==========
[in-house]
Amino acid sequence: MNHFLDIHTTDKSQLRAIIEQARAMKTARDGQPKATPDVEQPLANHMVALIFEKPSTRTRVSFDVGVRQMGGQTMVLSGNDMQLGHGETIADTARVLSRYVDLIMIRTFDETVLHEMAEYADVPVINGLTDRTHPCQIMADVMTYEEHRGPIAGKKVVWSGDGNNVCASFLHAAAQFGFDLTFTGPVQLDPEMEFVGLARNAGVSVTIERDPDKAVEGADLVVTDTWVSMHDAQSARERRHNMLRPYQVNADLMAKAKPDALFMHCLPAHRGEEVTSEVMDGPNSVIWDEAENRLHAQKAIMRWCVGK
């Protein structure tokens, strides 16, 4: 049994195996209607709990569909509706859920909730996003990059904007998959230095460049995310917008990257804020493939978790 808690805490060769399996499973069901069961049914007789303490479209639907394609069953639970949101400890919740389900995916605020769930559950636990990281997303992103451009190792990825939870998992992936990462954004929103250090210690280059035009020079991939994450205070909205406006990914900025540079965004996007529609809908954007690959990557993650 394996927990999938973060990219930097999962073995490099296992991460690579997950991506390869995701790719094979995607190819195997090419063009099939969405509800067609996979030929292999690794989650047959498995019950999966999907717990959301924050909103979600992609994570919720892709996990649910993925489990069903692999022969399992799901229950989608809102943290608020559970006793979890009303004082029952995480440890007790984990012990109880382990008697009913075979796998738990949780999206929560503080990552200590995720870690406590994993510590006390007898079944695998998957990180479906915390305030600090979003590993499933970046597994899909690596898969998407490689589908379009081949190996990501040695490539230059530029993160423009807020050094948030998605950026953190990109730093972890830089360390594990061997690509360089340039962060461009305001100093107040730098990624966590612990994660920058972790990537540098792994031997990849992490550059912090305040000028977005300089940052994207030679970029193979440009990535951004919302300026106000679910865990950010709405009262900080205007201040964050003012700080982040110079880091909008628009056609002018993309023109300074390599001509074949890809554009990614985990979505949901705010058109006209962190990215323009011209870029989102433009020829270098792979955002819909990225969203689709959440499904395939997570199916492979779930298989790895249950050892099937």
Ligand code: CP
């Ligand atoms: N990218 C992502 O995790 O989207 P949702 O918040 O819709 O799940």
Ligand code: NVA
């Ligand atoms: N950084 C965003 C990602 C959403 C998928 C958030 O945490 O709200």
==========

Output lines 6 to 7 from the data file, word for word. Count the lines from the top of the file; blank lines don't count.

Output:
Ligand code: NVA
């Ligand atoms: N950084 C965003 C990602 C959403 C998928 C958030 O945490 O709200």